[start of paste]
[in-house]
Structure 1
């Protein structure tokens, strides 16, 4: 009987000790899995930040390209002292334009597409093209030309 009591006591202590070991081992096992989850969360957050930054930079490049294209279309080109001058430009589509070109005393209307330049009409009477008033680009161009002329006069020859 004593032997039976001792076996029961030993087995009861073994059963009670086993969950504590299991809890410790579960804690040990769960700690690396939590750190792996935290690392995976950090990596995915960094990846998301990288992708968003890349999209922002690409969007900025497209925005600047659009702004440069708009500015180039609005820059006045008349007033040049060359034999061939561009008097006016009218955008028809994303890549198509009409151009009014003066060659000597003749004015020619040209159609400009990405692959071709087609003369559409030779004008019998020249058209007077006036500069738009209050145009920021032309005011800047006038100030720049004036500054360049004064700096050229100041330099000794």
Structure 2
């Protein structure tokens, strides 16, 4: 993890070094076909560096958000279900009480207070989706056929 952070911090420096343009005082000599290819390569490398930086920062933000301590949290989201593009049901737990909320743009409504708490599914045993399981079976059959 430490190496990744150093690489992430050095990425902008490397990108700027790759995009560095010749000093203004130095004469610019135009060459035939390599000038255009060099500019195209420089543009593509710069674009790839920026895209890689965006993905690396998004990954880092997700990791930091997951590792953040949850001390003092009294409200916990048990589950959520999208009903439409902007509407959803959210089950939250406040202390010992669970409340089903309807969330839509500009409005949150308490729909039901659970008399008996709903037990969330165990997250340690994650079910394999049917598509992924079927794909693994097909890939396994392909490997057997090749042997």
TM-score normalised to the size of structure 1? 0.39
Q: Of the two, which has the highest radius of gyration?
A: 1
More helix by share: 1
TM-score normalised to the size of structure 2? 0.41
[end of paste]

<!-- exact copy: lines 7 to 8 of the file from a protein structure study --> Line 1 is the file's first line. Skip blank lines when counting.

Q: Of the two, which has the highest radius of gyration?
A: 1